The environment in these cities are idea for producing High-Majors. Quality former players that know and understand the game now train and live in these areas. Brianna Turner is not only arguably the best kid in the country for 2014, she gets trained by former NBA player and coach, John Lucas. Not only is Turner 6'3 and can dunk, she has the opportunity to train with Lucas and her club coach, George Washington, a good trainer in his own right. These are the type of opportunities that help produce High-Major kids.
High school gym access for trainers and club teams are prevalent in these areas. The constant reps needed to elevate players games to the next level are a direct result of gym access. It can be argued, the major difference between a High and a Mid-Low Major player is refinement. High Major kids are usually "great" at least one skill. To become great at any skill takes an inordinate amount of time in the gym. Limited gym access reduces the ability of kids to refine their skills and become great. Meighan Simmons has great athleticism and a great knack for scoring. Having a military father with easy and consistence access to a gym on base helped in her development. The difficulty of securing dependable reasonable priced gym time has a direct impact on the lack of refined players locally.
Development- In speaking with the fathers, trainers and coaches of prominent kids in Dallas and Houston, they understand the importance of youth development. They are less likely to chase trophies. Too many local dads/coaches still attempt to stack their daughters teams to win. Many local teams employ strategies like full court press when already winning by 20 or more points. Many teams use Zone Defense exclusively during formative learning years. Many coaches spend little time learning the game themselves, so teaching proper IQ is futile. It is hard to instill basketball IQ when coaches possess little basketball IQ themselves. In a great conversation with Judson coach Triva Corrales, she speaks of the need to restrict middle school kids from playing zone. She speaks of the difficulties of teaching Man Defense in high school when players have played nothing but Zone Defense in their youth. In an example of lack of IQ, a local coach delayed the game by instructing the point guard to dribble at half court and "make" the defense come out of their zone and play Man Defense. The opposing coach screamed at the ref to give the delaying coach a technical foul! Instead of coming out of the Zone Defense and play man, he wanted the ref to disallow the stalling tactic because it was unfair??!!Using Brianna Turner again, she can play 3 positions at 6'3. If any player should be pigeon holed in the post, it is a 6'1 middle schooler, like Turner was a few years ago. Yet, Turner was not restricted to the post and was developed on the perimeter. A common practice in middle school locally is to put 5'8 kids in the post. Instead of using an offense like 5-Out,that emphasizes player and ball movement, youth coaches use archaic 3-Out 2-In offenses that do nothing but stunt the growth of undersized post players. When you see a 6'0 guard like the Baylor's Nay Nay Haden, it shows how far Dallas is ahead of San Antonio. Hayden would have been anchored in the post locally, the same with Turner.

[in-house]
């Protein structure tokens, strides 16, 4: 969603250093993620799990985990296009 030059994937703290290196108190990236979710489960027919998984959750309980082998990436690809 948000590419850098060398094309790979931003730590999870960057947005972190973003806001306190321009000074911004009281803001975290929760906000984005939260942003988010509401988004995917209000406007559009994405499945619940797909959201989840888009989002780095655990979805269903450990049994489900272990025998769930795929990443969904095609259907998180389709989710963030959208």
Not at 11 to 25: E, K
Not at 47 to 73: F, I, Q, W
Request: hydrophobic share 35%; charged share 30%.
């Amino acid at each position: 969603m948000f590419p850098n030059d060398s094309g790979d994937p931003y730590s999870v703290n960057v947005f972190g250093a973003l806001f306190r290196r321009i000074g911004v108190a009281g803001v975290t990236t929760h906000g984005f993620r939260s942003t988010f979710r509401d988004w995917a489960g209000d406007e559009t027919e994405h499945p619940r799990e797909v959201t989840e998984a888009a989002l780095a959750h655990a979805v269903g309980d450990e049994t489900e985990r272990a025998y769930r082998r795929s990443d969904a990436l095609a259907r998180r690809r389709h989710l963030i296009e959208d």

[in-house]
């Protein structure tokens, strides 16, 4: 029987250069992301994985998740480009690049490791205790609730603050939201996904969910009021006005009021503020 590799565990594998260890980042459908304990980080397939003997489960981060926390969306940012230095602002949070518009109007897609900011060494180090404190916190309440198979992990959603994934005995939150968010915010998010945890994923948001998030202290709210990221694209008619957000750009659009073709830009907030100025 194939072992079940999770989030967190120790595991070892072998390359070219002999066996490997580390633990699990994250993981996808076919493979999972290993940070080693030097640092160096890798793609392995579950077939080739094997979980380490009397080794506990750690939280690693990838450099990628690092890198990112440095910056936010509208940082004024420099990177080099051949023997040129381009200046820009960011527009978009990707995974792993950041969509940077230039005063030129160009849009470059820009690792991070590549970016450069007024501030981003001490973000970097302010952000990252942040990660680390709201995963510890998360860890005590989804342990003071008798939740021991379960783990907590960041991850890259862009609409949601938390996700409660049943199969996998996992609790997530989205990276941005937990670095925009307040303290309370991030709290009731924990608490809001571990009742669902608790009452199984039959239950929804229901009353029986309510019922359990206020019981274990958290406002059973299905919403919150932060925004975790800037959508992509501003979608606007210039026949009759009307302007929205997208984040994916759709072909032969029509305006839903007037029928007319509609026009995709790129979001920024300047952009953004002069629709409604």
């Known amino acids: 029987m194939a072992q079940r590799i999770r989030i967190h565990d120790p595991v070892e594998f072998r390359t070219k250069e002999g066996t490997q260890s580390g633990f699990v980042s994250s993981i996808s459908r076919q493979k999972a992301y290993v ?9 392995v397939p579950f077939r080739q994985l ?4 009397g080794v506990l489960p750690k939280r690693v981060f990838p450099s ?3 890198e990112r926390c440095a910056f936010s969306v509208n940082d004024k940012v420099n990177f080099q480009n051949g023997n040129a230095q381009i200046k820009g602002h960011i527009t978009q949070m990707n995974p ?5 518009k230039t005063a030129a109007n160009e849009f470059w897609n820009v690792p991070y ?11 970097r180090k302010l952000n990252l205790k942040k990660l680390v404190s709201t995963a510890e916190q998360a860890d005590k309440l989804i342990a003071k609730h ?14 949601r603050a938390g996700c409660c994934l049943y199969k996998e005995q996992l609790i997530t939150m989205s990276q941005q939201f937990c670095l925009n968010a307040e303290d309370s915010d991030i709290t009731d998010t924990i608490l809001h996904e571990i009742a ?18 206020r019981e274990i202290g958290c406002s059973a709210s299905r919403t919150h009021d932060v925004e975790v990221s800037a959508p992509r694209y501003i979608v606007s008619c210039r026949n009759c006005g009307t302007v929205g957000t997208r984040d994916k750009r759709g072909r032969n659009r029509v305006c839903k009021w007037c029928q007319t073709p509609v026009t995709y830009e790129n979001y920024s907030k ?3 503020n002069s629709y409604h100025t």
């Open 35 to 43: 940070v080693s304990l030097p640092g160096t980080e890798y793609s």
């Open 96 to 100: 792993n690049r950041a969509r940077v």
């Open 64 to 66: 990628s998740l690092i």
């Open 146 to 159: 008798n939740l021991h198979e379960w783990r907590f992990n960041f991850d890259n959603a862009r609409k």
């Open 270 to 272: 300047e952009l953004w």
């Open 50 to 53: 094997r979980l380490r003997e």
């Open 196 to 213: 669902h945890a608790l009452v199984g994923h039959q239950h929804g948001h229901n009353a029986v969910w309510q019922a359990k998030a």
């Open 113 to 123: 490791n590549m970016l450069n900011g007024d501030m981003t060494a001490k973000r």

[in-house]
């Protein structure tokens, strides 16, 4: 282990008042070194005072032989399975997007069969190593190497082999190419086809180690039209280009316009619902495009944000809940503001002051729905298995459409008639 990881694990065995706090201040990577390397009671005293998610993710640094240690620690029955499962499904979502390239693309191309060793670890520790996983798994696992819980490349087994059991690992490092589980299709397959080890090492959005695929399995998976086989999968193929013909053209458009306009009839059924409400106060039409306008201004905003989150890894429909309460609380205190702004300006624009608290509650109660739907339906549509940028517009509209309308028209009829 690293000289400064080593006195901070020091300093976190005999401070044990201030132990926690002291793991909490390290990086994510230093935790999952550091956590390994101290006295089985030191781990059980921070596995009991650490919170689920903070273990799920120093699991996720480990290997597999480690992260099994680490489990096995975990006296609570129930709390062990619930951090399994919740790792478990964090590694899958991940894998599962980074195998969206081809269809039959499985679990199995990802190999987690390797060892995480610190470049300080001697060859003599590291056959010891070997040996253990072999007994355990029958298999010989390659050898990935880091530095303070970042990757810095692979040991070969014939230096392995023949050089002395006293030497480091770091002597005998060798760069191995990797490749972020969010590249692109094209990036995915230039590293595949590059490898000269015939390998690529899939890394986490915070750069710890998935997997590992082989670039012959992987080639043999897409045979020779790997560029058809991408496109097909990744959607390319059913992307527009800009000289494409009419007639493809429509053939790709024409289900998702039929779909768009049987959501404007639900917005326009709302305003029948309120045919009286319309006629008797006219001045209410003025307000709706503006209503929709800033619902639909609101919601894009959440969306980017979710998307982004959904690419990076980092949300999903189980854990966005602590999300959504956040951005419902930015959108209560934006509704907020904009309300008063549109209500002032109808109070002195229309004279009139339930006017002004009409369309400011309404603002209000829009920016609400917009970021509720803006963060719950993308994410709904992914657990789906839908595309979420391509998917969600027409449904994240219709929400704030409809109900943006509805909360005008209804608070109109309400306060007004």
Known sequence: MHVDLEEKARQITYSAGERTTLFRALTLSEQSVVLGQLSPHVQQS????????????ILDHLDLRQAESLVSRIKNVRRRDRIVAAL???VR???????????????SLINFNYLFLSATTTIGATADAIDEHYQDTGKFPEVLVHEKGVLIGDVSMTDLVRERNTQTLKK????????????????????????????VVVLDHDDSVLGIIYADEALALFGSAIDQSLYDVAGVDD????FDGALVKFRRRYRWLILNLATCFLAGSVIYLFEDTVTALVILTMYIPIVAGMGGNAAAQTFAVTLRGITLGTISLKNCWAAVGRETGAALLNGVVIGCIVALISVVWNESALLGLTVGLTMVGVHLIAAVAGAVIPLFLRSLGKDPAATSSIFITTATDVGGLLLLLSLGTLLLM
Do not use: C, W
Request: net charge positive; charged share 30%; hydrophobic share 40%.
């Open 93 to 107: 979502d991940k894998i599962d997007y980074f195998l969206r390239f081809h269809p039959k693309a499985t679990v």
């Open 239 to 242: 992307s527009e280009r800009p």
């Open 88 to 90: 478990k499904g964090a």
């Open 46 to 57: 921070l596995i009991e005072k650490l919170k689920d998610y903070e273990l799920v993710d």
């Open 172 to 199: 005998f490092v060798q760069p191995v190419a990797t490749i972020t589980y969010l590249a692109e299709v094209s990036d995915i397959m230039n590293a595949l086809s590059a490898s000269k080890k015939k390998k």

Iron Sharpens Iron- San Antonio's best players travel the nation in the summer and compete with the best from other areas. Again, some local players are in the conversation as being among the elite nationally. However, the local scene offers too many games against recreational players. It is very difficult to face a a 5'9 post player and get excited for the challenge after spending a summer facing the Brianna Turners' of the nation. Dallas and Houston area players have less opportunity to "play down" to competition. This is extremely important at the High-Major level. At that level, there is little opportunity to take nights off. Every time players step on the court, they must be mentally prepared to excel. The best of our local players do not get physically challenged every night out, thus, they develop the very bad habit of taking plays and games off. With so many "down" games facing recreational type of players, it is difficult for our Low-Mid-Major kids to take their games to the next level. It is tough to learn calculus when you are always practicing arithmetic.